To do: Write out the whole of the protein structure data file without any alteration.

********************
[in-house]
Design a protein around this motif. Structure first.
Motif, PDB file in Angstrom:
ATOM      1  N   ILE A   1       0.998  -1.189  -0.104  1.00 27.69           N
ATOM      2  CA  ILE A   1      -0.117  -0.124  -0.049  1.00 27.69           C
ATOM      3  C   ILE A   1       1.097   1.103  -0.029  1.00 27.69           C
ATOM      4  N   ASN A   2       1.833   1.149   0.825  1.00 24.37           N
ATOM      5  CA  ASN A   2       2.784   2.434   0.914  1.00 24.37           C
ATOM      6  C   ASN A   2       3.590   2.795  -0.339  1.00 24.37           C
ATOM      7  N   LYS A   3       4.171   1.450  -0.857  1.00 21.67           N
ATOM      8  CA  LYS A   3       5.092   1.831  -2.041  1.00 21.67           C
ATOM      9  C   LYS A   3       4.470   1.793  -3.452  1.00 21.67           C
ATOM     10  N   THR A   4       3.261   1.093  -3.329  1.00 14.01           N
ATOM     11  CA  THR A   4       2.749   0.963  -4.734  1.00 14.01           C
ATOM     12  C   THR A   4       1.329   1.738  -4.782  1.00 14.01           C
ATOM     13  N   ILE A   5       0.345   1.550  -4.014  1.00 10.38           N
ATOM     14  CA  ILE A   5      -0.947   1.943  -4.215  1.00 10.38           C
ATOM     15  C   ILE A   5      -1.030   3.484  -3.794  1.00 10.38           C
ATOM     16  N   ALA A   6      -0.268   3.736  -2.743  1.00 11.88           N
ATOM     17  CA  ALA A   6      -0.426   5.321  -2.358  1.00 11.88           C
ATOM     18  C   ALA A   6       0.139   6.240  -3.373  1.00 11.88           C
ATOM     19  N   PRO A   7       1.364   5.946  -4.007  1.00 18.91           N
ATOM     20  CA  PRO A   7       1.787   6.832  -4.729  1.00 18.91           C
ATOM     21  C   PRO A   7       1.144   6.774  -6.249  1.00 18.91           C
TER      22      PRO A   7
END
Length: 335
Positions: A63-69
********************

[in-house]
Design a protein around this motif. Structure first.
Motif, PDB file in Angstrom:
ATOM      1  N   ILE A   1       0.998  -1.189  -0.104  1.00 27.69           N
ATOM      2  CA  ILE A   1      -0.117  -0.124  -0.049  1.00 27.69           C
ATOM      3  C   ILE A   1       1.097   1.103  -0.029  1.00 27.69           C
ATOM      4  N   ASN A   2       1.833   1.149   0.825  1.00 24.37           N
ATOM      5  CA  ASN A   2       2.784   2.434   0.914  1.00 24.37           C
ATOM      6  C   ASN A   2       3.590   2.795  -0.339  1.00 24.37           C
ATOM      7  N   LYS A   3       4.171   1.450  -0.857  1.00 21.67           N
ATOM      8  CA  LYS A   3       5.092   1.831  -2.041  1.00 21.67           C
ATOM      9  C   LYS A   3       4.470   1.793  -3.452  1.00 21.67           C
ATOM     10  N   THR A   4       3.261   1.093  -3.329  1.00 14.01           N
ATOM     11  CA  THR A   4       2.749   0.963  -4.734  1.00 14.01           C
ATOM     12  C   THR A   4       1.329   1.738  -4.782  1.00 14.01           C
ATOM     13  N   ILE A   5       0.345   1.550  -4.014  1.00 10.38           N
ATOM     14  CA  ILE A   5      -0.947   1.943  -4.215  1.00 10.38           C
ATOM     15  C   ILE A   5      -1.030   3.484  -3.794  1.00 10.38           C
ATOM     16  N   ALA A   6      -0.268   3.736  -2.743  1.00 11.88           N
ATOM     17  CA  ALA A   6      -0.426   5.321  -2.358  1.00 11.88           C
ATOM     18  C   ALA A   6       0.139   6.240  -3.373  1.00 11.88           C
ATOM     19  N   PRO A   7       1.364   5.946  -4.007  1.00 18.91           N
ATOM     20  CA  PRO A   7       1.787   6.832  -4.729  1.00 18.91           C
ATOM     21  C   PRO A   7       1.144   6.774  -6.249  1.00 18.91           C
TER      22      PRO A   7
END
Length: 335
Positions: A63-69